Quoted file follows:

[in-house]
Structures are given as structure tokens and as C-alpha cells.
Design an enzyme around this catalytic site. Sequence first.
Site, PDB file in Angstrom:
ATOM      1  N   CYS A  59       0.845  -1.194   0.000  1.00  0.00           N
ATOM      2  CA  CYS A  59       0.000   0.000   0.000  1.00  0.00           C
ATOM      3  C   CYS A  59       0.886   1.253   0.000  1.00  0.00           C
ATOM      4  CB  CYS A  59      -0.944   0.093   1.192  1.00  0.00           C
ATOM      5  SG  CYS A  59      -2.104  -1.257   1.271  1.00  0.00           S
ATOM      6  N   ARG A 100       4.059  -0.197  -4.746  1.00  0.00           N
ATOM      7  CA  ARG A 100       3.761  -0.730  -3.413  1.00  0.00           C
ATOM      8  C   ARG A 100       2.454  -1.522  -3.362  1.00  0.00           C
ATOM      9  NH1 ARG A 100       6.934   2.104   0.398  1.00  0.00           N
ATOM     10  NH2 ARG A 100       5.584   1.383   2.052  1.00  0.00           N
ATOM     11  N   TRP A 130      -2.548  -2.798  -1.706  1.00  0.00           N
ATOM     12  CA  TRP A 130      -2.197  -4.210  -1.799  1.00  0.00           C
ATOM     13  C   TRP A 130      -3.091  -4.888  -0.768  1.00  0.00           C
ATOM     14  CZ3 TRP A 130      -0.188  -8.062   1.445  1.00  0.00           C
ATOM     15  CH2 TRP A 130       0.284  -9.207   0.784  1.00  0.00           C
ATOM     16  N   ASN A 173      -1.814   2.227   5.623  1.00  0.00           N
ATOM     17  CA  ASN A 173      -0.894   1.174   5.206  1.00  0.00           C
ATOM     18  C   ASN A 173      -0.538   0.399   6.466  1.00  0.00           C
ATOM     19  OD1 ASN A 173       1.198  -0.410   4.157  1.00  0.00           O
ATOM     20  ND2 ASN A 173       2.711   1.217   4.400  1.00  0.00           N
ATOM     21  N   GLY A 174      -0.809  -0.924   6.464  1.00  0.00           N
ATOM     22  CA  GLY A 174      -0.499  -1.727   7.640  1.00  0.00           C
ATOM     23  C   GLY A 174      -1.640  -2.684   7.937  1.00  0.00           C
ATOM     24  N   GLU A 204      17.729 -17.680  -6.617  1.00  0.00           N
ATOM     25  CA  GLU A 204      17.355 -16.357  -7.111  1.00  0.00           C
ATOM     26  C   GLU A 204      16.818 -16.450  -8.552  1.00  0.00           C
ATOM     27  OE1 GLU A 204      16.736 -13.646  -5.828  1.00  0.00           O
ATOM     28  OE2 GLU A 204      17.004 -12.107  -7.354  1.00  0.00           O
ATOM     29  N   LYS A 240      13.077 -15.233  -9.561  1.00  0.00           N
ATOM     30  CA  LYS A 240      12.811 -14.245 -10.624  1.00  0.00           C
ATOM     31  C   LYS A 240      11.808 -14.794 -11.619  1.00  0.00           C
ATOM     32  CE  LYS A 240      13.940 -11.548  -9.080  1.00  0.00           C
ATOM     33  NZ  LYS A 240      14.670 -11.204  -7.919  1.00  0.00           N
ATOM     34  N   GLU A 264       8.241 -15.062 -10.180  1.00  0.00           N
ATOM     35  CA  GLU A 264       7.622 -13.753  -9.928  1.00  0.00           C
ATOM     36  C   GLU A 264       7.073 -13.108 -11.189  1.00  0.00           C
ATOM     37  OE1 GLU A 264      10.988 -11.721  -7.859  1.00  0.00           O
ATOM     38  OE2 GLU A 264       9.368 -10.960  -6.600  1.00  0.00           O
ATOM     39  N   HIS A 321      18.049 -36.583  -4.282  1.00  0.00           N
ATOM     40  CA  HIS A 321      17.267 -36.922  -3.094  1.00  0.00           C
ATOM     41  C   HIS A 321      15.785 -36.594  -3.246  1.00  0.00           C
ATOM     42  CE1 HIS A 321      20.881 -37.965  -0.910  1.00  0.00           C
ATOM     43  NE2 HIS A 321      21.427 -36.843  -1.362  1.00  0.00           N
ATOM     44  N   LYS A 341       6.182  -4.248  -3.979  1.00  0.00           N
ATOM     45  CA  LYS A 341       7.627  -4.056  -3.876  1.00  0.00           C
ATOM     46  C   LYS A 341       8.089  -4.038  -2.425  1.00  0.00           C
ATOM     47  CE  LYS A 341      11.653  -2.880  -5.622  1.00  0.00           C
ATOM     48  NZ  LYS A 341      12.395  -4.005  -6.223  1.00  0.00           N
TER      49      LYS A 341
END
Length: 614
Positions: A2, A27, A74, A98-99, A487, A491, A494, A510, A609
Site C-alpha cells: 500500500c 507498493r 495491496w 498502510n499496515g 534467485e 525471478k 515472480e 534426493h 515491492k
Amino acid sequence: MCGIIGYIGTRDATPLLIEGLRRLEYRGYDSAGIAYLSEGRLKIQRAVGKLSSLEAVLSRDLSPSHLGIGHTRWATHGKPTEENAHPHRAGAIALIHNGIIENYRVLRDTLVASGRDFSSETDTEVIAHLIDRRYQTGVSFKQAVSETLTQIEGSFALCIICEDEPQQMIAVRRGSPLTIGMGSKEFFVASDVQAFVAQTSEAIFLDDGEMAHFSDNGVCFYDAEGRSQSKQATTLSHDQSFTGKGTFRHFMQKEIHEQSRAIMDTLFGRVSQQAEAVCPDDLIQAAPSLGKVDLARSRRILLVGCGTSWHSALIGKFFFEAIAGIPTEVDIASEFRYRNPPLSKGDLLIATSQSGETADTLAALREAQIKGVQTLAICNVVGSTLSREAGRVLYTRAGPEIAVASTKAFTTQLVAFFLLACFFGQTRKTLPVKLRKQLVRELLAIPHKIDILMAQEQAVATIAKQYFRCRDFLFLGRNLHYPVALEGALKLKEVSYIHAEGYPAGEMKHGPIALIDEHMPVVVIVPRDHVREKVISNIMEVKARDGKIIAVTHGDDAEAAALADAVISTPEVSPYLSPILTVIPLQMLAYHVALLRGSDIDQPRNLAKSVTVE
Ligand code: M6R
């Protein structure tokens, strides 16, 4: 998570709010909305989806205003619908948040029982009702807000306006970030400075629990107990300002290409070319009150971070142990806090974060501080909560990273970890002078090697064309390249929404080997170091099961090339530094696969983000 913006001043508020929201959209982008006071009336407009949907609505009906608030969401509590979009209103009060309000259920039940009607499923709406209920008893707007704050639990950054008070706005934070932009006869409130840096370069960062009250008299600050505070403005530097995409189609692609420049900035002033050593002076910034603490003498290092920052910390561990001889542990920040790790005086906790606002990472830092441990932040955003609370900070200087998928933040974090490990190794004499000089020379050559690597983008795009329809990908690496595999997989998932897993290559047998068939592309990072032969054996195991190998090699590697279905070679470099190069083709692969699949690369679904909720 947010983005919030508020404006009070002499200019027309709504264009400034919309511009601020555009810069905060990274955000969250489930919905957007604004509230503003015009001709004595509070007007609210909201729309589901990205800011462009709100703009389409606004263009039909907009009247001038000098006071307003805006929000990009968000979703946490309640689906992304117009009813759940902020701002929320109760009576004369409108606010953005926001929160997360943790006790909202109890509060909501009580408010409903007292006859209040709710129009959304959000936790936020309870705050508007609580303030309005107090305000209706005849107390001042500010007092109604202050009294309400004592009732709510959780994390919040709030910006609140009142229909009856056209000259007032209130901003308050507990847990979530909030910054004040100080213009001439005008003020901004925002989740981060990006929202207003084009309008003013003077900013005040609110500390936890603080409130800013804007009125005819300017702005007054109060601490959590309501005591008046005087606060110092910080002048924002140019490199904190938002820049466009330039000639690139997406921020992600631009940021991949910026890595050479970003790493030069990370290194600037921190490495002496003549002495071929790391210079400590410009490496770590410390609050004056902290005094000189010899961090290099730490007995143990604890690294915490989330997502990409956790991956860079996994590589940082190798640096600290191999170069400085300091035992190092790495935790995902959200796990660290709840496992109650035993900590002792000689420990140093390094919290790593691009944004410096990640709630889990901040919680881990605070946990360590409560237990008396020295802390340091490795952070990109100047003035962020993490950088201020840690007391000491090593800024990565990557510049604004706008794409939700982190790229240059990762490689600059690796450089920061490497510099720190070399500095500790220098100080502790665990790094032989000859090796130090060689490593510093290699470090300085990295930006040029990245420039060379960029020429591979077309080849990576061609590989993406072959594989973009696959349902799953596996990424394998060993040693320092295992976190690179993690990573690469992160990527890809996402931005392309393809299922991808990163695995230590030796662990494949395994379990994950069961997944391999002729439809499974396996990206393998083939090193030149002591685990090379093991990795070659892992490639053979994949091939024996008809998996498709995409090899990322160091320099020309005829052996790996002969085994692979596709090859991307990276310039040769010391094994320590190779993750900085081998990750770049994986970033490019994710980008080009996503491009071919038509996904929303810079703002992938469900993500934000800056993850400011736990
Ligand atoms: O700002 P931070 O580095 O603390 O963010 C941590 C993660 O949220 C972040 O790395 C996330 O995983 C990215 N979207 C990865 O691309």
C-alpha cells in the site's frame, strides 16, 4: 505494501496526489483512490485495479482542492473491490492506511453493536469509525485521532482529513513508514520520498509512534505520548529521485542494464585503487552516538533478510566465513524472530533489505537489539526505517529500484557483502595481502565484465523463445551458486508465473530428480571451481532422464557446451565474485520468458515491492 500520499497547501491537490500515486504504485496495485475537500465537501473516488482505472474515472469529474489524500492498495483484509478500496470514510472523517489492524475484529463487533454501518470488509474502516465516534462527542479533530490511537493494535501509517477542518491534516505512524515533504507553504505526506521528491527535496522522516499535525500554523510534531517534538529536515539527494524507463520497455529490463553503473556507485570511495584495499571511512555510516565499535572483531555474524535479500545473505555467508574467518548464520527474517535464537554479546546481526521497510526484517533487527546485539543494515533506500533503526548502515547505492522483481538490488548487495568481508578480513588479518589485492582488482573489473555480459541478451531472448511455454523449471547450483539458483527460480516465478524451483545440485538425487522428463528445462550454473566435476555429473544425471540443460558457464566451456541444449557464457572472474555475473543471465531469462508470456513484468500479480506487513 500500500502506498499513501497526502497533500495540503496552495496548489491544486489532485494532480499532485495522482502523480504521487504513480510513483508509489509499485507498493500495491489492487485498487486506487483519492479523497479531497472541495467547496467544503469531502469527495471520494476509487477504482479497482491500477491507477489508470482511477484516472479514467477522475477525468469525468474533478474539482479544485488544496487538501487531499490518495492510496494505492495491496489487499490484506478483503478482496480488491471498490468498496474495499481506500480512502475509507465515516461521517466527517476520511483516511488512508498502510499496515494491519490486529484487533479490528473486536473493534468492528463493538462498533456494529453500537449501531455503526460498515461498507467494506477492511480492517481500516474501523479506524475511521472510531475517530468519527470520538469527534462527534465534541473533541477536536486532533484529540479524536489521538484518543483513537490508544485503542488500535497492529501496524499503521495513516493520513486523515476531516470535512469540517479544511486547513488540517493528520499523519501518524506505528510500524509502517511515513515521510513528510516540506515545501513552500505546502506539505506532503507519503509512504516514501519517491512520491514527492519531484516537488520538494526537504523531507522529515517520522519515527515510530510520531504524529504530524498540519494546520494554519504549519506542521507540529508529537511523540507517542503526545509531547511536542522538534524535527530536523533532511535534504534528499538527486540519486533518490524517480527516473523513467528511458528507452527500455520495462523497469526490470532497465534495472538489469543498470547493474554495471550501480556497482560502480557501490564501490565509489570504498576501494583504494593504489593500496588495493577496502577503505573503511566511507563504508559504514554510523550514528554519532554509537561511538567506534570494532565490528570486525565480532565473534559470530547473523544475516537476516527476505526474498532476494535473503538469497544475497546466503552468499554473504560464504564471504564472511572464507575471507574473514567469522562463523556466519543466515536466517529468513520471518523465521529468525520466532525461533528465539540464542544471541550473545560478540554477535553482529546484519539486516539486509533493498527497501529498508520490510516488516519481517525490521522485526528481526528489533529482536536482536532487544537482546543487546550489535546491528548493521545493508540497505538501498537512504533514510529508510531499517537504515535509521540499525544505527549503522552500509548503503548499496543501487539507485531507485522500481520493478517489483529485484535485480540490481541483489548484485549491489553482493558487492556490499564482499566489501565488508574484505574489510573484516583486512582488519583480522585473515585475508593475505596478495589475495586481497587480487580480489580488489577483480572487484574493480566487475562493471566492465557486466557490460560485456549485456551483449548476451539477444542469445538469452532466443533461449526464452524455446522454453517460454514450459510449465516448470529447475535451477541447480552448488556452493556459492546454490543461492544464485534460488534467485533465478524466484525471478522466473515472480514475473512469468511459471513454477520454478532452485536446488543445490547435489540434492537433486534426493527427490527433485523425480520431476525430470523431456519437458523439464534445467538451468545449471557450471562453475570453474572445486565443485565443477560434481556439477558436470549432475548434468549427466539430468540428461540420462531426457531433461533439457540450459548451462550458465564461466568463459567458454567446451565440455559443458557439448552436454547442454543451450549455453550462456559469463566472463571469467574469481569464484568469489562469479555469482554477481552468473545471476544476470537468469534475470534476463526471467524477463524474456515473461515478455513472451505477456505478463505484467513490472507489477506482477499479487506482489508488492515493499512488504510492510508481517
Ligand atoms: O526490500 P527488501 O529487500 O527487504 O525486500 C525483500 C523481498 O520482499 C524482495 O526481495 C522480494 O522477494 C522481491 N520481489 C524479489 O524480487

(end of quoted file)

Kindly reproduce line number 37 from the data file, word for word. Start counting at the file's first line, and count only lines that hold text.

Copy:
ATOM     33  NZ  LYS A 240      14.670 -11.204  -7.919  1.00  0.00           N